The Guggenheim, February 6 – May 3
When On Kawara died last June, Conceptual art lost one of its most influential practitioners. In various bodies of work, including his well-known “Today” paintings and his “I Am Still Alive” telegrams, the Japanese artist marked time and issued reminders of his presence. His first comprehensive survey, “On Kawara: Silence,” opens this month at the Guggenheim. In addition to dispersing paintings throughout the museum’s spiral, it will animate the rotunda with a continuous live reading of One Million Years, the artist’s massive, multi-volume ledger of annual dates.
The works of Doris Salcedo, one the most prominent contemporary sculptors from Latin America, make subtle but powerful references to the conflict-ridden history of her native Colombia. She often infuses minimal forms and industrial materials with haunting hints of domesticity, as in her concrete-filled tables and armoires or her stacks of white shirts pierced by iron bars. Her self-titled first retrospective, opening this month at the MCA Chicago and touring to the Guggenheim in June, will include new textile-based installations such as Disremembered, a group of raw-silk garments pricked by 12,000 needles.
The formidable young sculptor and MacArthur recipient Sarah Sze fashions whole ecosystems from tiny pieces of detritus, addressing serious topics such as overconsumption and sustainability while supplying viewers with moments of whimsy and delight. Sze represented the United States at the 2013 Venice Biennial, where she threw the American pavilion’s exactingly symmetrical Palladian architecture off-balance with a series of sprawling, spiraling installations; this month she takes over all three of Victoria Miro’s London spaces with a show of new works exploring space and time.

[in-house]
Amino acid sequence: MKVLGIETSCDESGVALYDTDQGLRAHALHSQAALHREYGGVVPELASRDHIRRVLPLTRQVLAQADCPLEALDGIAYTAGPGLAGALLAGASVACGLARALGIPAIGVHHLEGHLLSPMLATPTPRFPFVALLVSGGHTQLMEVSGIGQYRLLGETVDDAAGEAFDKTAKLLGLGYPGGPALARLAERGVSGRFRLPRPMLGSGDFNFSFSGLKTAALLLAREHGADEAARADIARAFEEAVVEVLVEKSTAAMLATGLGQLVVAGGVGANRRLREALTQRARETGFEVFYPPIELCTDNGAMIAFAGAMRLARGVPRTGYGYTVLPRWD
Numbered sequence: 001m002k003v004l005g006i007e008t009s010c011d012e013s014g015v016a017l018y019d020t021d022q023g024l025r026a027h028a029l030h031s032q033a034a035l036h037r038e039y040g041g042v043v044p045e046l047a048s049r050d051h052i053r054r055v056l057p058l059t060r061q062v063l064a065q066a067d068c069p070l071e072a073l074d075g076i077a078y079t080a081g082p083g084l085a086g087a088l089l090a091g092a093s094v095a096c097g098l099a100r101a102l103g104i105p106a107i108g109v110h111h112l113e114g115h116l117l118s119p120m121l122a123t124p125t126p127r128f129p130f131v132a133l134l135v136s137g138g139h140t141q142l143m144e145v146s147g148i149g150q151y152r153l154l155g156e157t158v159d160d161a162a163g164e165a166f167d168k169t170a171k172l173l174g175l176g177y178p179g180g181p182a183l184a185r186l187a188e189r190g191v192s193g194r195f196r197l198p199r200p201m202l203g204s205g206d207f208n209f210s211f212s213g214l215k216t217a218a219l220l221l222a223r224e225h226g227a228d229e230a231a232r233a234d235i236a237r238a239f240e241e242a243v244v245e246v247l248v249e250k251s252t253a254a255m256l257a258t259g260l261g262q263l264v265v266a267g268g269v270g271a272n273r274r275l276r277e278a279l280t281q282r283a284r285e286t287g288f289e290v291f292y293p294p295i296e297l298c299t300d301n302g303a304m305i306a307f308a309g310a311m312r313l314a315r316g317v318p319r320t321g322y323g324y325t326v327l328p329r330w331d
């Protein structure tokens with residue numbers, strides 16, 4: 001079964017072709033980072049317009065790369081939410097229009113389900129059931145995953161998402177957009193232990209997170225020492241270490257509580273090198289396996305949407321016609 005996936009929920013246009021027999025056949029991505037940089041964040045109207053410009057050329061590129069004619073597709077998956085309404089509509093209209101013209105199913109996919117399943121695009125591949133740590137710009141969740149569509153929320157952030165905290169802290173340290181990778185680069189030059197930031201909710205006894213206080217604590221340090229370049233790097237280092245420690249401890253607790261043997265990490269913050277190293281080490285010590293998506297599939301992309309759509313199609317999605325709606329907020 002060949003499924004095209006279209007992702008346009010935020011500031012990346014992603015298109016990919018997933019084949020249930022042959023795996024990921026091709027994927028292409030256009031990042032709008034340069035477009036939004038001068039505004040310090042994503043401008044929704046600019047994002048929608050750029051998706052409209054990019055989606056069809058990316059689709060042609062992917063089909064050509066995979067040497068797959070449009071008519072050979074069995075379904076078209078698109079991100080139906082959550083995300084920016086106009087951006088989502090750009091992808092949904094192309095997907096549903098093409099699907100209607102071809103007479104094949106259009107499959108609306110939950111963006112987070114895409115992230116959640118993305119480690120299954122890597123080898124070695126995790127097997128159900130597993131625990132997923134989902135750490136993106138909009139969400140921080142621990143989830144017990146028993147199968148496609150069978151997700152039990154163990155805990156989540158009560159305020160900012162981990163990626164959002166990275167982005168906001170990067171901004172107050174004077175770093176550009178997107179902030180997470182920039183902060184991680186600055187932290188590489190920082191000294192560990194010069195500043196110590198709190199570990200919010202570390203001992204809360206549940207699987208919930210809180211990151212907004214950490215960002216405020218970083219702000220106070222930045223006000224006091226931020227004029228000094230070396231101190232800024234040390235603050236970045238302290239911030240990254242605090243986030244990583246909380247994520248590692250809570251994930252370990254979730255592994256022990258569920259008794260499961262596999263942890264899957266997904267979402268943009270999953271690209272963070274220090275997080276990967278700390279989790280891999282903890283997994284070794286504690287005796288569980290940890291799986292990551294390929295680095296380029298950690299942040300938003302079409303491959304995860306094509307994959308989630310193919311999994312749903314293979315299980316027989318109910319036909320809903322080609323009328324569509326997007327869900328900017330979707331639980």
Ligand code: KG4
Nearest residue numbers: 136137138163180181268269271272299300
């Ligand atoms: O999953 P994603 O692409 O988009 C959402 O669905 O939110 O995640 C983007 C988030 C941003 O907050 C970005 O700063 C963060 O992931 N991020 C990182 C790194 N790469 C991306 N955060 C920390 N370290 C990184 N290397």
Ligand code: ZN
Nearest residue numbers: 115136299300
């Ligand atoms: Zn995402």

Kehinde Wiley’s canvases, which repopulate Old Master portraits with young black men in contemporary streetwear, have been hailed inside and outside art-world circles as triumphant examples of contemporary figurative painting. (You can even see them on TV, in the hip-hop industry drama “Empire.”) In his much-anticipated Brooklyn Museum solo, “Kehinde Wiley: A New Republic,” he takes on new subjects (women and an international array of men) and even ventures into other mediums such as stained-glass and bronze.
Famous for elevating glow-in-the-dark doodles to an art form in his immersive installations, Kenny Scharf melds Surrealist and Pop sensibilities into vibrant works that draw on everything from ’60s psychedelia to the Flintstones. Now this street art pioneer has a new show opening at Los Angeles's Honor Fraser gallery at the end of the month, and if his three previous shows in this space are anything to go by, it’s sure to be colorful, cartoonish, and definitely “far out.”